It’s Ray’s writing that has made Feluda a phenomenon and I think Ray had modelled Feluda on himself. After he made Sonar Kella, Feluda became a cult figure.... Feluda is what every Bengali boy aspires to be — very intelligent, physically fit and extremely well-read. He loves kadapaak sandesh and Makaibari tea, and wears panjabi with trousers. He is very Bangali yet international.

— Sabyasachi Chakraborty (Feluda)

We will get to know how strong the brand value of Feluda is only after the release of Tintorettor Jishu. There is a set audience for Feluda, no doubt. But Tintorettor Jishu is coming within a year of Kailase Kelenkari. Besides, Feluda will have to face Shah Rukh Khan’s Rab Ne Bana Di Jodi, which releases on the same day (December 12) and Aamir Khan’s Ghajini (December 25).

— Arijit Dutta, distributor-exhibitor

I devoured Feluda stories and as a child I had a crush on Feluda. I wanted to marry someone like him. What appealed to me was Feluda’s intelligence, his sense of humour and the fact that he wasn’t a womaniser. Every girl wants to win over a man who isn’t interested in women. To me, Soumitrada was the ideal Feluda, the romantic Feluda.

— Sudeshna Roy, filmmaker

What I like most about Feluda is the fact that he is closer home, unlike Sherlock Holmes. Feluda gives you a feeling of been there, done that. I have read all the Feluda stories in translation and I have watched all the Feluda films. Though I like the Soumitra films more than the Sabyasachi ones, I still look forward to every Feluda release.

— Sanju Menon, ad professional

4 in one Feluda

‘Soumitra Chatterjee was never Baba’s first choice to play Feluda. Baba wanted an actor who would be a bit of Subhendu (Chatterjee), Dhritiman (Chaterji), Barun Chanda and Soumitrakaka…’

— Sandip Ray

Soumitra Chatterjee

I have never heard of such a thing (Ray’s perfect Felu). When the Feluda illustrations were being published, I had once told Manikda that to me Feluda in the sketches resembled him in some ways — for instance, Manikda’s intelligence, height, handsome features, style of smoking… To which Manikda said: “Sheki… Loketo bole aami tomake dekhe sketch banai (People say that I model my sketches on you).”

Dhritiman Chaterji

Manikda never discussed casting me as Feluda but I was aware that he had a picture of the ideal male in his mind. So, he looking for a combination of four actors in someone to play Feluda sounds logical to me. But I would have loved to play Feluda…. Now I am looking forward to Babu’s (Sandip Ray) Tintorettor Jishu.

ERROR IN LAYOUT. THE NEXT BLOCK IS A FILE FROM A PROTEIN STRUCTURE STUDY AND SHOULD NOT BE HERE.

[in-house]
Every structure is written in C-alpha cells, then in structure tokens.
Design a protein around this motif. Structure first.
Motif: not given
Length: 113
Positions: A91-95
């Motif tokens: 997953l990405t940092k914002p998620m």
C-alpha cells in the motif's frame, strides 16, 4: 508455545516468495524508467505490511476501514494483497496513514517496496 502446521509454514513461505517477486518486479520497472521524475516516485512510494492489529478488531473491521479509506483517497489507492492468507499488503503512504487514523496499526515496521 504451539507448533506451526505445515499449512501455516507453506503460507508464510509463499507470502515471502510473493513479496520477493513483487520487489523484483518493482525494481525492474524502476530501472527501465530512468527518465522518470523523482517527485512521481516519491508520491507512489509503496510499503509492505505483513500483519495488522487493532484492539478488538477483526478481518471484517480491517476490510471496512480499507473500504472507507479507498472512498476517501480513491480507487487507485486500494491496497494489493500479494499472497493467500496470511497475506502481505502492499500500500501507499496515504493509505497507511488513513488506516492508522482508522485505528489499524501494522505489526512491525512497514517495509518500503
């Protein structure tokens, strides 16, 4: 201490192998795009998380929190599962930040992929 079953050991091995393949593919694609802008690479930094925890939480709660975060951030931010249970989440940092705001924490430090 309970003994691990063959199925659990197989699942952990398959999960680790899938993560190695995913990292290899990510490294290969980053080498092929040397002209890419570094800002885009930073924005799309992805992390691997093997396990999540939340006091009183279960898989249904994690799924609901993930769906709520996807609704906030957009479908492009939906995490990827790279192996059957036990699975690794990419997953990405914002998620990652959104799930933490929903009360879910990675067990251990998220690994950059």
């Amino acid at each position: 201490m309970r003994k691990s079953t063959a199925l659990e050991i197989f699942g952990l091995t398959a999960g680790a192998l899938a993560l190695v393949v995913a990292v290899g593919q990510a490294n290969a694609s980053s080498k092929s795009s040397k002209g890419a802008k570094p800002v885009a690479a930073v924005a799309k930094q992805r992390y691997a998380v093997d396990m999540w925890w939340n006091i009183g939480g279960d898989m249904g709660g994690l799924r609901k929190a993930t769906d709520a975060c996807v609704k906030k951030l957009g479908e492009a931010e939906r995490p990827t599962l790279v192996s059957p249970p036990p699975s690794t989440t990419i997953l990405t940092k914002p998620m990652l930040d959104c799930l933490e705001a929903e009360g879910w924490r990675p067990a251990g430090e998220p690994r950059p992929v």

Barun Chanda

I knew that Manikda had thought of such a thing. Manikda had indeed told me that he preferred a combination of Soumitra, Sundar (Dhritiman) and myself in the role of Feluda. I remember him saying that he wanted my looks. Well, I would have loved to play Feluda.

Saswata Chatterjee on father Subhendu Chatterjee

Baba never said anything about being considered as Feluda by Satyajit Ray. Baba had told me that Ray liked him for his natural acting and simple Bengali boy looks. I never thought of my father as Feluda. To me, the perfect Feluda would be a combination of Soumitra Chatterjee and Sabyasachi Chakraborty — Benuda’s (Sabyasachi) thunderous voice and Soumitrakaku’s Bangaliana.

3 some

Sabyasachi Chakraborty (Feluda)

I have tried to do a little better in Tintorettor Jishu. We have improved as a team. Babuda (Sandip) guided us during the first Feluda film but now his instructions have become very brief. And we have no trouble in following what he wants…. Feluda hasn’t changed in Tintorettor Jishu but this film will be more visually attractive than Bombaiyer Bombete or Kailase Kelenkari. The crime is more complicated and there’s quite a bit of action too.

Bibhu Bhattacharya (Jatayu)

I think our chemistry has improved in Tintorettor Jishu as there was better understanding between Benubabu, Parambrata and myself. We were a bit shaky during Bombaiyer Bombete. As for Jatayu, I have tried to interpret the character my way. I have tried to communicate with the audience.

Parambrata Chatterjee (Topshe)

I think the chemistry between Feluda, Topshe and Jatayu comes out better in Tintorettor Jishu than in Kailase Kelenkari or Bombaiyer Bombete. Being known as Topshe feels good, but there’s a flip side to it too. For instance, when I do romantic scenes in other films, people ask “how can Topshe do a kissing scene?”...

Who do you think can play Feluda after Sabyasachi? Tell [email protected]